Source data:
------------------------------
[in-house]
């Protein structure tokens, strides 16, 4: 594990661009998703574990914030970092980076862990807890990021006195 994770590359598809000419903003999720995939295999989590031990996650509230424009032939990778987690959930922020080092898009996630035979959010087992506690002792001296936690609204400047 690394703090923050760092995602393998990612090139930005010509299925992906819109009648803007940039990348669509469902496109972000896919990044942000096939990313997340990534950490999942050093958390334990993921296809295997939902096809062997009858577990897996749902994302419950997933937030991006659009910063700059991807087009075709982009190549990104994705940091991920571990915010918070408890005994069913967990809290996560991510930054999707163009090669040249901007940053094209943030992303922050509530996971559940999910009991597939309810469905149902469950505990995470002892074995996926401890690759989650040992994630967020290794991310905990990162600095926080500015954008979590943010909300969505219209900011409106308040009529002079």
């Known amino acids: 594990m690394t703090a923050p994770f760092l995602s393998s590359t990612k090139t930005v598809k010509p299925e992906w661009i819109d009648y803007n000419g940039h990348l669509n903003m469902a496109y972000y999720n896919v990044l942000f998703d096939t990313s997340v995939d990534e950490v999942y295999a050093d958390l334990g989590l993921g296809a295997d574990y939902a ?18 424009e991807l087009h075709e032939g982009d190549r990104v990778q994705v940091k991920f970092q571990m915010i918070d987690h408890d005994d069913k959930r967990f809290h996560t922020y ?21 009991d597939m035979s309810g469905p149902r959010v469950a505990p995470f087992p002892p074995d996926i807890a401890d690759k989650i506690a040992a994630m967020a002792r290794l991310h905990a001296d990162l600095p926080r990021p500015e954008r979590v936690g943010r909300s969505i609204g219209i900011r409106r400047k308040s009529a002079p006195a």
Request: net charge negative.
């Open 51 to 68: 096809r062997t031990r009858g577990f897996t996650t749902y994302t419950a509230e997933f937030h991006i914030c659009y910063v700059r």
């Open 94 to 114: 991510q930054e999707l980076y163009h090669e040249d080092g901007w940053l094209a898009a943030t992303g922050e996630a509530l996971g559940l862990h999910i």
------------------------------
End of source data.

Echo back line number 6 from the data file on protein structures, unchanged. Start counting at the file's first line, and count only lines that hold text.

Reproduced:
């Open 94 to 114: 991510q930054e999707l980076y163009h090669e040249d080092g901007w940053l094209a898009a943030t992303g922050e996630a509530l996971g559940l862990h999910i």